And Robb made many mistakes that lead up to his downfall, Westerling is an important one, but not nearly as important as when he didn't tell Edmure his whole plan on how to capture Tywin. Or when his mother freed Jaime. Or in sending Bolton to attack Tywin directly. Or in failing to whiff out the Bolton plot, even when evidence was presenting itself that Ramsay was alive. He made a lot of mistakes, though if you believe Mal, the major one was that he allowed himself to be named king. Ultimately what was his reason for dying isn't important, not like Ned's was. Really his role in the story was done, now we have a weakened, divided north ripe for the Others to take.

Closet_Skeleton
2010-12-25, 08:04 PM
A completely untrained and unskilled little girl manages to command the respect of an entire warrior nation that has never been led by a woman before by waltzing into a fire, surviving magically and hatching the first dragons for over a hundred years.

I'm sorry, but this doesn't happen anywhere in any of the Dany chapters in the A Song of Ice and Fire series. If you don't like a character for successes you don't think they've deserved, at least don't claim they've succeeded in things they haven't.


After the fact? Yeah, she's impressive enough, before the fact? When she was giving her weapons away to the 3 remaining ko's who were following her for no reason? Yeah, that confuses me a might bit.

They weren't following her at all. Dany didn't move camp after Drogo fell seriousy ill. They were humouring her while waiting for their oath to Drogo to end with his burial.

Dany has old men, the sick, the very young, the ugly women, the Ko she was able to force to stick around and a handful of others. Then most of those died when she had to leave the Dothraki lands or be killed by that warrior nation you for some reason think she had the full command of. I never got the idea that she had more than 50 followers when she entered that city full of sorcerers. Then she started gaining followers and did her ludicrous city stealing, but lost two of those cities as quickly as she'd taken them.


Except he really wasn't, there were two main candidates that were far better qualified for the position. However events unfolded in such a manner, that felt a little contrived in my opinion, meaning that both these characters willingly gave up their chance to rule. For a 15 year old. He did not have a sound reputation, in fact his reputation was in question. We the reader know he was telling the truth and put in an impossible situation. They as presented were not so sure.]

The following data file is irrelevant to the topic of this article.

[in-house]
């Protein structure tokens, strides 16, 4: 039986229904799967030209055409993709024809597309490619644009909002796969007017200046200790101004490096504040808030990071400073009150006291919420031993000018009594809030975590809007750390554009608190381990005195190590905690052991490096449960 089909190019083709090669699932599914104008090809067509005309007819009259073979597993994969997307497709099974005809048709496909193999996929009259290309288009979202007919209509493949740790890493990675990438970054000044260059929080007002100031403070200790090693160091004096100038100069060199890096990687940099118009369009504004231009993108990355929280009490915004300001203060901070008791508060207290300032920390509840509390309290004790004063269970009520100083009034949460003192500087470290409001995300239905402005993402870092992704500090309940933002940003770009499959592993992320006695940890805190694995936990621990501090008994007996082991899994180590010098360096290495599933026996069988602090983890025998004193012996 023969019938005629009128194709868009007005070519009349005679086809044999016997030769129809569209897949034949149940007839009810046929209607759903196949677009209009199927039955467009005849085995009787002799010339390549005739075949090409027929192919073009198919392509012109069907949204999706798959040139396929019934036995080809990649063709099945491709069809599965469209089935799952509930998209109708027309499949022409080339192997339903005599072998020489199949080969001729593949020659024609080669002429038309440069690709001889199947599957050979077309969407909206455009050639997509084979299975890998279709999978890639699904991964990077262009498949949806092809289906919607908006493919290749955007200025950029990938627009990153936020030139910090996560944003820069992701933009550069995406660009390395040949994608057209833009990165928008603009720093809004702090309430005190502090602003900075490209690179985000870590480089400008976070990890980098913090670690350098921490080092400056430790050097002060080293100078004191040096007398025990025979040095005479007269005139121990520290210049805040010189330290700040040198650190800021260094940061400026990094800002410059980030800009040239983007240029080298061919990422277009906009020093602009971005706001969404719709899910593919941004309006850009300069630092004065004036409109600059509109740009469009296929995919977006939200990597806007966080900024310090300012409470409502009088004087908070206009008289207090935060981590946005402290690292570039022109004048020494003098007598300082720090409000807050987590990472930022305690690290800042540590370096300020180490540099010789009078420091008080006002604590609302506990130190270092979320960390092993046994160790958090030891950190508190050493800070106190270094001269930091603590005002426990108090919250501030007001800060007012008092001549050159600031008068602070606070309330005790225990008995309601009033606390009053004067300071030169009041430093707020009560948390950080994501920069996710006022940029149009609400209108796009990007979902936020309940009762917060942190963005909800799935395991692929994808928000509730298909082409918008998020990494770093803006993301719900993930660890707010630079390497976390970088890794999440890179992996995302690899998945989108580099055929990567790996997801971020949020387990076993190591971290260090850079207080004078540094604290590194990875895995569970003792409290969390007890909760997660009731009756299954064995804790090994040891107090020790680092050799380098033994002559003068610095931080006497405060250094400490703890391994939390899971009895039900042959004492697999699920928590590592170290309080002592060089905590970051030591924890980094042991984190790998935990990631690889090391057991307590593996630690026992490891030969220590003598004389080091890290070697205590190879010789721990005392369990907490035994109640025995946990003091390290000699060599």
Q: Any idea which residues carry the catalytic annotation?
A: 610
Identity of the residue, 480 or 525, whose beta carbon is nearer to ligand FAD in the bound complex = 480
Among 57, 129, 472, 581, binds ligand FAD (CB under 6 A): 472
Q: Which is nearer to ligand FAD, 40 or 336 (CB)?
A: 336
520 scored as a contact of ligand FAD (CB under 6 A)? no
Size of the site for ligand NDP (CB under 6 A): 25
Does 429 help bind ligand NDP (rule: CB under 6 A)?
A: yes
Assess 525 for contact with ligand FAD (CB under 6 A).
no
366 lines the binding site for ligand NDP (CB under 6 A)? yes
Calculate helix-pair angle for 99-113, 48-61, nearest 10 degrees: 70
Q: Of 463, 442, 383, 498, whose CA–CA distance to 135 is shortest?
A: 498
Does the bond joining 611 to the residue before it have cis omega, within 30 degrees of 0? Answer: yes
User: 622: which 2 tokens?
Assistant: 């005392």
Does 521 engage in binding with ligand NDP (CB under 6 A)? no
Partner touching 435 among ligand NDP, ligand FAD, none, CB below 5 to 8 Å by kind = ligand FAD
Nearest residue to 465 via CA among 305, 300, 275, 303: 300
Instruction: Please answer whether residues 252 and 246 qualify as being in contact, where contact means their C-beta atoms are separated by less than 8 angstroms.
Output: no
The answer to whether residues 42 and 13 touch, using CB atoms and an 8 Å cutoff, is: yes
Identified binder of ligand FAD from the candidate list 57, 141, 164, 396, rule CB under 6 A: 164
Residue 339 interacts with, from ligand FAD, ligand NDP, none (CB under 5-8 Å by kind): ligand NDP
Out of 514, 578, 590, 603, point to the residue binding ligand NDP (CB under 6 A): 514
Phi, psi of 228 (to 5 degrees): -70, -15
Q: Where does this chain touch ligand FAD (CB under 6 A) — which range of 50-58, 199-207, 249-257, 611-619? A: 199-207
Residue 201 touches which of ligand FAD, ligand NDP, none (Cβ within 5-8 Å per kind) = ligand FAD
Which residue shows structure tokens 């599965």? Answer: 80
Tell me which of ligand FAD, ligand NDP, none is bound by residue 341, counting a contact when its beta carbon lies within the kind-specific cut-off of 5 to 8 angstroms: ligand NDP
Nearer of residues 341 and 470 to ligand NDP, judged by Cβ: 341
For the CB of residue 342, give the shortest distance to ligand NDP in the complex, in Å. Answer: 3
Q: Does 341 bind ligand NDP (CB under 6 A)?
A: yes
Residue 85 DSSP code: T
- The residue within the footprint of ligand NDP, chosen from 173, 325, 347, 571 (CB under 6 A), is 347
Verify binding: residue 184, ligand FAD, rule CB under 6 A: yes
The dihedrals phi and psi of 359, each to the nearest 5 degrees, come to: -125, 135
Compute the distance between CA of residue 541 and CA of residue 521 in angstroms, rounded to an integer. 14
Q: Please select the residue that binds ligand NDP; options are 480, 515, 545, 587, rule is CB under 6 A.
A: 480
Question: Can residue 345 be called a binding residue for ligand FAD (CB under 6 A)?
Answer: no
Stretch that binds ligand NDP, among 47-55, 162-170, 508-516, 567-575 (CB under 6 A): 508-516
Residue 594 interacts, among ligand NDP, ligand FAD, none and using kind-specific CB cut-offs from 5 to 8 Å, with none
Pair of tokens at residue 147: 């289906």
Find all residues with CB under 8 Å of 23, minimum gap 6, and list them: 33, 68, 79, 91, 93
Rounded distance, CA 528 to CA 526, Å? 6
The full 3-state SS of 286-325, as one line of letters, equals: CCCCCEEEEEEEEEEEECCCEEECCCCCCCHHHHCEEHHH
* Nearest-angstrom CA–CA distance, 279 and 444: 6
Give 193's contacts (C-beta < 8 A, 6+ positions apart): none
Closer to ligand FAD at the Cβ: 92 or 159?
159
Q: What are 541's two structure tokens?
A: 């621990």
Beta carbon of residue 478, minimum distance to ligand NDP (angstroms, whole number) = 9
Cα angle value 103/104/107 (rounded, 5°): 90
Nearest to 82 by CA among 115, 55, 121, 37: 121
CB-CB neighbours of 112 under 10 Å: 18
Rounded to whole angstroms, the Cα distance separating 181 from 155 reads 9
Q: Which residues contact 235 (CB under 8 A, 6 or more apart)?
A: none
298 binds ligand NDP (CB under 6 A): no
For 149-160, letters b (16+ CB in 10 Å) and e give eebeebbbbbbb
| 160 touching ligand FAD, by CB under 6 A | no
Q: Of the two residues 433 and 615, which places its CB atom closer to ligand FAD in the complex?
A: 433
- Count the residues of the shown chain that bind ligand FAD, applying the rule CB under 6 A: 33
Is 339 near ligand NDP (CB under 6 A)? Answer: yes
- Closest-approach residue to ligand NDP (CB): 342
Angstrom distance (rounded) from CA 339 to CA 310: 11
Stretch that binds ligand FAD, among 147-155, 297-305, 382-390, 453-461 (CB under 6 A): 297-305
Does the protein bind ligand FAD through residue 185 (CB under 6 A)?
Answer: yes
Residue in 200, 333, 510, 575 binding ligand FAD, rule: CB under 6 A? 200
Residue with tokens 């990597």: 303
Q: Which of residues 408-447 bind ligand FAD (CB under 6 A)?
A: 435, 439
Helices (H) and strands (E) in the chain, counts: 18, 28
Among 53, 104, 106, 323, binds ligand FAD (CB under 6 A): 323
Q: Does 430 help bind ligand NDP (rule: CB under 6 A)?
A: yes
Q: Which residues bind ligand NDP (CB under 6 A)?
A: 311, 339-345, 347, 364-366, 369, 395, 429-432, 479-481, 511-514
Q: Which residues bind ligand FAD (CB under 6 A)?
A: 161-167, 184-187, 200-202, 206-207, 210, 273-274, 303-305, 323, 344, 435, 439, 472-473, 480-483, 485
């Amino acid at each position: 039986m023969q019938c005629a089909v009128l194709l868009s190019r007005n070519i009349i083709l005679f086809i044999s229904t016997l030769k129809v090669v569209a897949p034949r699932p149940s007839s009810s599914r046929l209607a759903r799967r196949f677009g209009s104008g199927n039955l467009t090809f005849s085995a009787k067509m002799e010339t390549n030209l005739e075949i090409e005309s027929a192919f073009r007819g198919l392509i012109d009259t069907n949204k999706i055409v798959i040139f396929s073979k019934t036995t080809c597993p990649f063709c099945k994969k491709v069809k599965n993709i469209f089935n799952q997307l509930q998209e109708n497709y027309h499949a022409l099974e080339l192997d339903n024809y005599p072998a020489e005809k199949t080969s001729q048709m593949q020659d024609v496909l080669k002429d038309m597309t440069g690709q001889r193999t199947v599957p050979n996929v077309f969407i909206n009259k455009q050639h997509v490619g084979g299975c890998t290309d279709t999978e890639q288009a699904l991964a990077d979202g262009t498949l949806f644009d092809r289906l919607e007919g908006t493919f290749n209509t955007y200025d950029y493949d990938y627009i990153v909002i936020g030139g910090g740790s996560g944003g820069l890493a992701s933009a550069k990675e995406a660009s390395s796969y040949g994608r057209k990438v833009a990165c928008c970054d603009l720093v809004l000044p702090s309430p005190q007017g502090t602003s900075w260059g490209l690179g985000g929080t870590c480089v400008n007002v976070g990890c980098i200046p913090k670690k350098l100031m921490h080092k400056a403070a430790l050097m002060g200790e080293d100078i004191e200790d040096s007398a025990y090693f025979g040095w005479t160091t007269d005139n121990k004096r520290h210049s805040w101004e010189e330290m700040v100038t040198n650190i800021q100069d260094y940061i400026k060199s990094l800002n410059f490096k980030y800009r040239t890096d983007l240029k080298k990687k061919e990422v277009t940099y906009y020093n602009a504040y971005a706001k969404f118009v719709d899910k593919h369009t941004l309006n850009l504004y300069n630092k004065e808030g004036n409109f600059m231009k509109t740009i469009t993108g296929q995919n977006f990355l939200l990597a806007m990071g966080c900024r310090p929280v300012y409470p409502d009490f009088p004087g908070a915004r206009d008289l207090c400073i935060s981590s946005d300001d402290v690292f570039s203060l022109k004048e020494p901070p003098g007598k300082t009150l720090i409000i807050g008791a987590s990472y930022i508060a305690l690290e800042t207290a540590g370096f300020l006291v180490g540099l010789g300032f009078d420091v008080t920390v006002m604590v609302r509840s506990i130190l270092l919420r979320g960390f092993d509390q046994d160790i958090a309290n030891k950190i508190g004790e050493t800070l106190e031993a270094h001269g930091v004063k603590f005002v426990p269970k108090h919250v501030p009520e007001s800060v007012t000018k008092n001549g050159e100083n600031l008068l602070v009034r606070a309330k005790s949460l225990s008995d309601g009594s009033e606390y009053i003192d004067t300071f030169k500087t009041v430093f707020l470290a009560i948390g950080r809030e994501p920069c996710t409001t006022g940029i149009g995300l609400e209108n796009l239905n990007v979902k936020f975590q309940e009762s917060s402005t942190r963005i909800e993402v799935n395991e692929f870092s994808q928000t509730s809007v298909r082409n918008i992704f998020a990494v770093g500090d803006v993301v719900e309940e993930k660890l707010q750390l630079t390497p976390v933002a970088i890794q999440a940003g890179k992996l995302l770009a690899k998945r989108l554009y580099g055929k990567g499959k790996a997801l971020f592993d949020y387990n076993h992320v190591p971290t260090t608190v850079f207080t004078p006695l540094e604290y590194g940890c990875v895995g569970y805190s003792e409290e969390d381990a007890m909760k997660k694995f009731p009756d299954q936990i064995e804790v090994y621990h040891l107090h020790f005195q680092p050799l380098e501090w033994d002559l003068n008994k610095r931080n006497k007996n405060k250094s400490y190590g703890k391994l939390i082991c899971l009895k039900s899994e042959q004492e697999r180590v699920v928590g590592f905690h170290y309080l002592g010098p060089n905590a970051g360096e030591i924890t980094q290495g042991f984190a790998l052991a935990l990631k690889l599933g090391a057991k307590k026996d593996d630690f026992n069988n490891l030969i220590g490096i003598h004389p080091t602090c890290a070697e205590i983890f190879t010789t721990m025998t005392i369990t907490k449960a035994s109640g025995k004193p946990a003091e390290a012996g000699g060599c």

There weren't 2 main candidates better qualified for the position. There was one candidate with the experiance but completly lacking in the purpose to lead (Janos) and two candidates with the support, purpose and experiance to lead who would have destroyed each other if either of them gained the advantage.

The Lord Commander's job is to be someone who understands the purpose of the night's watch, has some measure of respectability due to higher social standing and the neutrality to stop it from tearing itself apart. Jon was the best suited for the role.

BridgeCity
2010-12-26, 02:26 AM
I'm sorry, but this doesn't happen anywhere in any of the Dany chapters in the A Song of Ice and Fire series. If you don't like a character for successes you don't think they've deserved, at least don't claim they've succeeded in things they haven't.

I'm not actually the person who suggested this was the reason they follow Danny, you'll find that was Samurai Jill and I was just responding to it, so before you tell me off about something why not read the relevant posts and make sure you have your information straight?


. . .

Again, you really haven't grasped my point. You state what you believe my point is and you are incorrect, so let's just agree to disagree and leave it there.

I think we can all agree that if they manage to pull this off, the TV series is going to be amazing.

Closet_Skeleton
2010-12-26, 09:22 AM
I'm not actually the person who suggested this was the reason they follow Danny, you'll find that was Samurai Jill and I was just responding to it, so before you tell me off about something why not read the relevant posts and make sure you have your information straight?


That wasn't my point at all. Maybe I should have highlighted the part fo the post I was responding to. I wasn't talking at all about the reason why the Drothraki follow Dani, I was trying to remind you that they don't.


A completely untrained and unskilled little girl manages to command the respect of an entire warrior nation that has never been led by a woman before by waltzing into a fire,

This does not happen. As I've stated twice already in this thread.

Dany doesn't achieve anything until A Storm of Swords.

Where she conquors three cities and then immediately loses two of them.

By that point Rob had many victories and Stannis had defeated the Wildlings. All of which were arguably more relevant to the plot.

Dany also managed to burn that building down, but that made her more enemies than anything.

On a similar topic, Jon snow doesn't achieve anything until A Storm of Swords either.